Universe Cycle - Geography (6)

  • Discovering the importance of map reading.
  • Exploring military defense strategies using a map.
  • altitude
  • latitude
  • longitude
  • quadrangle
  • topographic map
  • worksheets
  • glue or gluesticks

Students use a map to create a defense strategy.


Map reading skills become very important in military operations. Military strategists use maps to locate opposing forces, plan operations, and to coordinate logistics. When an operation is planned, the directions must be precise in terms of time and location. The military has many personnel who are experts in reading topographic maps. Topographic maps portray the physical features of an area. They show the locations and shapes of mountains, valleys and plains, the networks of streams and rivers, and the locations of man-made features such as trails, roads, towns, boundaries, and buildings. They also show what the terrain is like including its steepness, distances, and the kinds of vegetation. All of these are important considerations in military planning. It is easier to move personnel and supplies along a level, paved road than across a series of brush-covered hills and valleys. Topographic maps contain the information needed to decide where to go and where to position things.

In many parts of the world there are detailed topographic maps. In the United States there are 7.5 minute quadrangle maps for every state. These are detailed maps that can locate your position precisely.

In this lab the students are asked to design a strategy to defend a position on a topographic map against invaders. They will use a 7.5 minute quadrangle map. This will get them to think accurately about topography, as they seek to create a successful defense. The students will use the cut-out icons on a following page arrange their "forces." Note that they can create their own icons if they wish. We have placed this exercise in prehistoric times, to avoid the use of guns and other modern weaponry. The clear emphasis in the student's directions is to design a defensive strategy rather than an offensive strategy.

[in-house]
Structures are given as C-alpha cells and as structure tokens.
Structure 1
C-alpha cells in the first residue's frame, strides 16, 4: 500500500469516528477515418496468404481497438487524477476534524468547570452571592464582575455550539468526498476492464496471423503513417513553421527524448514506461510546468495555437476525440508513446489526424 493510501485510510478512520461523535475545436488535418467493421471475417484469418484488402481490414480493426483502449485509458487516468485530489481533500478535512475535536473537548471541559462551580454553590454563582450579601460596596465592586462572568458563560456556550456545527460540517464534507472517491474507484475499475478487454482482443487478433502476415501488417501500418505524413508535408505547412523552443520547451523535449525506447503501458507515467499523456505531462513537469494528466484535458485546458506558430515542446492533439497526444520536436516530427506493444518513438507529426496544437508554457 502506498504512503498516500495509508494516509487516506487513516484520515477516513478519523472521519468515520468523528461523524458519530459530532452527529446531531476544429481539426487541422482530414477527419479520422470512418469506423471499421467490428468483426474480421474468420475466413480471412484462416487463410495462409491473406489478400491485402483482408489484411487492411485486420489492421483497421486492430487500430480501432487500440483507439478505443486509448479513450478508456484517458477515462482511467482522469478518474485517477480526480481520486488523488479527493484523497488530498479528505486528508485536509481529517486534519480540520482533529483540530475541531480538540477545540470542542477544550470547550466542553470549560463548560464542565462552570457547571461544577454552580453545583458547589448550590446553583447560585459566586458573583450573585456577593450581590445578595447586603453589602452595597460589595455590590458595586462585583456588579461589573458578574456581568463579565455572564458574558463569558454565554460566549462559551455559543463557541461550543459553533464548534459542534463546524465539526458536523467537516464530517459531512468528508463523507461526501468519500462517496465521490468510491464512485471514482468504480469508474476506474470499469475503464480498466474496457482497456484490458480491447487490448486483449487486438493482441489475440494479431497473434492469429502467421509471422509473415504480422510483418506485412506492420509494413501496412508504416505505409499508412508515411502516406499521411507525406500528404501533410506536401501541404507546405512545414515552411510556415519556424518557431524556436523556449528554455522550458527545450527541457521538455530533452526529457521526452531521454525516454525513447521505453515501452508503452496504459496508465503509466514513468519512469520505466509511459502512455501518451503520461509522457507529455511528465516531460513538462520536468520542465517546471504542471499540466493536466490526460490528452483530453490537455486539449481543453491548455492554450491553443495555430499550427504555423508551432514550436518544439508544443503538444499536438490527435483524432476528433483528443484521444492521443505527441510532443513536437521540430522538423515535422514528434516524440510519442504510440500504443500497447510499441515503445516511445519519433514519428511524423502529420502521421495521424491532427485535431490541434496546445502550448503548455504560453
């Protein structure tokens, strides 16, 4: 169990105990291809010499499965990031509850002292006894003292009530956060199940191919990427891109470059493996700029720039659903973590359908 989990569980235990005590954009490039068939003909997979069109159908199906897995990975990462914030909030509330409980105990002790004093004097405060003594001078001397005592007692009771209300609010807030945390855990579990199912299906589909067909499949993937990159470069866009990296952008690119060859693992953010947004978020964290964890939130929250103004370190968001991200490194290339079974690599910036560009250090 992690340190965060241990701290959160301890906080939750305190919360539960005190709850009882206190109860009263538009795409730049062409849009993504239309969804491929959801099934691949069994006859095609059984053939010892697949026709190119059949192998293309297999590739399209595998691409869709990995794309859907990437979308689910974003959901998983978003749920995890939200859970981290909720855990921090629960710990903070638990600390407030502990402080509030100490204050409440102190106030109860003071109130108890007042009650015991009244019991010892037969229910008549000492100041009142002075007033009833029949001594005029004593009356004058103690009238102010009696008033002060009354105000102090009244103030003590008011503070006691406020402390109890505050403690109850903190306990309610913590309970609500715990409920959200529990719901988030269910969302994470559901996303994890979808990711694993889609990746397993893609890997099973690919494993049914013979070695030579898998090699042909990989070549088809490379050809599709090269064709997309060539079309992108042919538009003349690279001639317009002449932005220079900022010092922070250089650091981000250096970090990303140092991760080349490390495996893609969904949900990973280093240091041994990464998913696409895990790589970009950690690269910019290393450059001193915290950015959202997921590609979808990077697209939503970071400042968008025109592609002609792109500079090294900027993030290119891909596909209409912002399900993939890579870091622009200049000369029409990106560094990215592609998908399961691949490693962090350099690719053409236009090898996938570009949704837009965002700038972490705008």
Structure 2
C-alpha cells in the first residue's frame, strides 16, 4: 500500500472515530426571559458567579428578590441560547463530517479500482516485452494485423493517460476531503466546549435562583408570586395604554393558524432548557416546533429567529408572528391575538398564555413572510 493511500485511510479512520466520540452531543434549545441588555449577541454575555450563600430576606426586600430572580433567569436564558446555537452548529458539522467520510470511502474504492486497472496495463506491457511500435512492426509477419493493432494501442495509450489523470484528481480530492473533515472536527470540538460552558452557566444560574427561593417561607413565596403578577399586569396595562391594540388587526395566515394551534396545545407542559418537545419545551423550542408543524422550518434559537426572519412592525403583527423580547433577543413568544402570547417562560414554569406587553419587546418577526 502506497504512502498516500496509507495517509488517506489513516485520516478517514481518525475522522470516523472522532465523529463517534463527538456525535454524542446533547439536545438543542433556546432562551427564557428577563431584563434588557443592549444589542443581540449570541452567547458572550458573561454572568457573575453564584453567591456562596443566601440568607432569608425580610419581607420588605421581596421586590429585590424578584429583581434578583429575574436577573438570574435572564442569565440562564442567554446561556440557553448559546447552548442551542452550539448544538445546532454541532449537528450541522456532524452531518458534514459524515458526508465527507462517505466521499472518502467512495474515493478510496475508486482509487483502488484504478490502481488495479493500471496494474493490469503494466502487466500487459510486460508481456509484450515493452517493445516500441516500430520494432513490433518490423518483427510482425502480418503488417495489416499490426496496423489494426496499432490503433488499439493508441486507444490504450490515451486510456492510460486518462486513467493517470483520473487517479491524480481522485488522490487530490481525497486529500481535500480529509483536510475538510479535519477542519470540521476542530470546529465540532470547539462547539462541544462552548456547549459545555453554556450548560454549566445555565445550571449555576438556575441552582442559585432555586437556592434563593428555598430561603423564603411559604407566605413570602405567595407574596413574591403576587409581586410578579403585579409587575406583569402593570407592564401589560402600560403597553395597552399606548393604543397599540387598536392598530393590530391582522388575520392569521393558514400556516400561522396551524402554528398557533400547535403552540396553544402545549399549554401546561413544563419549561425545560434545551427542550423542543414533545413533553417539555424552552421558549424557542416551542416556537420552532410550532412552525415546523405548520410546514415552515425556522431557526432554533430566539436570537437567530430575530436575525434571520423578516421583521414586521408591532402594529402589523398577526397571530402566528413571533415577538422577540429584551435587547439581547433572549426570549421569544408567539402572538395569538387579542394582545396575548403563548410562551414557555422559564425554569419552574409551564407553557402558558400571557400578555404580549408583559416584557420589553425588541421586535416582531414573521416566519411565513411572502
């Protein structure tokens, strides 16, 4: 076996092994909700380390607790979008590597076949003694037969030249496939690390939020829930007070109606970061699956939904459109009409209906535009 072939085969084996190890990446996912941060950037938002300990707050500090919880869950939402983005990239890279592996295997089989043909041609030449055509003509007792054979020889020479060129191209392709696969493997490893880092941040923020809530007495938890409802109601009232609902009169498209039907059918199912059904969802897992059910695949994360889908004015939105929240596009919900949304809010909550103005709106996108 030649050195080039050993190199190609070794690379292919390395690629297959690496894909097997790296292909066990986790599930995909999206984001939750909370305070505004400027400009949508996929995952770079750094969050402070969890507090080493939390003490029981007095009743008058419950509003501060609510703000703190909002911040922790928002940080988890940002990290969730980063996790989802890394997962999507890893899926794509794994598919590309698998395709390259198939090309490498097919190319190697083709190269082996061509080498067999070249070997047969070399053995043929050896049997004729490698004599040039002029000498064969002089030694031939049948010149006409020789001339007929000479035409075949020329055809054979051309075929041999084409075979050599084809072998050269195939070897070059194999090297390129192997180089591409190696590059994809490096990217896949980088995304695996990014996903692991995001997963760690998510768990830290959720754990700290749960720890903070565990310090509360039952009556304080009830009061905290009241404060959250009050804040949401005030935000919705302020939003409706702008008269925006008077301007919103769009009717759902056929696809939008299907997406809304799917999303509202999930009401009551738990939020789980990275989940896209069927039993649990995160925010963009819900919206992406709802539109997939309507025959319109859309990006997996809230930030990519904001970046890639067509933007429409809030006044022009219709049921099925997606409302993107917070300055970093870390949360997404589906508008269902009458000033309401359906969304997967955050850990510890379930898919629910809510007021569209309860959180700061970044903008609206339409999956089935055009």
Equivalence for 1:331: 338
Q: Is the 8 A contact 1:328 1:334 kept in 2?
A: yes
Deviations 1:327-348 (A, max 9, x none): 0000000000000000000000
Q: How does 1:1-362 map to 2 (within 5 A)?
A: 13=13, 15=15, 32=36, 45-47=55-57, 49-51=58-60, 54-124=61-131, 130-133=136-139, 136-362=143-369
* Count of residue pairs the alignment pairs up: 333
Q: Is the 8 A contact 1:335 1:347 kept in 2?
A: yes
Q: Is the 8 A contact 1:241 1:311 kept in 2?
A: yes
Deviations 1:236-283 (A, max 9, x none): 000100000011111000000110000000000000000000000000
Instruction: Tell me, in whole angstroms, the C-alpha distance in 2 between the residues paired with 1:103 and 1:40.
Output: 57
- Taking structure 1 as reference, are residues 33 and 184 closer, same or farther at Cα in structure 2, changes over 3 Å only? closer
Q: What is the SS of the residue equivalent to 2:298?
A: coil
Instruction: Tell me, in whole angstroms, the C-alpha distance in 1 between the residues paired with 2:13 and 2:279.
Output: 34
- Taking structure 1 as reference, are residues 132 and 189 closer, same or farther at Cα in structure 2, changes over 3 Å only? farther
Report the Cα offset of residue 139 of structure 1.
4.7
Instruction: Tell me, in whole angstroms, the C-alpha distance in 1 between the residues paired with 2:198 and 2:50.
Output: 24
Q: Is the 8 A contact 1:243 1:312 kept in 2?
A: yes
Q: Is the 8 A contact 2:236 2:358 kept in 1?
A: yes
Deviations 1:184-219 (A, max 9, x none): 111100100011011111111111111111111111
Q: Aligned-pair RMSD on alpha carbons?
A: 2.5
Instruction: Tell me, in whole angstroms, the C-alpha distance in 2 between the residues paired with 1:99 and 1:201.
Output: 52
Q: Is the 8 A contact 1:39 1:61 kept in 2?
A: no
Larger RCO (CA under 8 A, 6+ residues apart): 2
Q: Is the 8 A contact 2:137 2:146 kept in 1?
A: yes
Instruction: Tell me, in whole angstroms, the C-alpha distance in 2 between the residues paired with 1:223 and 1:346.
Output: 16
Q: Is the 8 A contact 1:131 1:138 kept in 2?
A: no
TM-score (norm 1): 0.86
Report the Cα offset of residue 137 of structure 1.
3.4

1. Make copies of the icon sheet.
  2. Explain the purpose of the exercise to the students. Make sure they understand that they are defending the "Flint Outcrop," not launching an attack. Explain that a good defense makes use of topography, to locate such things as lookout posts, supplies, and reinforcements.
  3. Have the students answer the questions in Exercise 1 before they design their strategy. Emphasize that it is always important to look at the legend of a map before you use it.
  4. Have the students cut out the icons. Allow them to create new icons if they wish, but remind them to keep the prehistoric time frame in mind. Use the icons to help illustrate the positioning of the strategy and movement of forces.


    Exercise 1: 1. Blue Lake , CA; 2. 820 feet 3. A stream, called the Mad River; 4. Probably come up the valley. 5. Spread resources between home and the outcrop; have reinforcements ready to move either place.
    Exercise 2 will be individual. Evaluate the groups ability to use and understand the map.

[Back to Universe Cycle Grid]
   [Back to Geography (6)]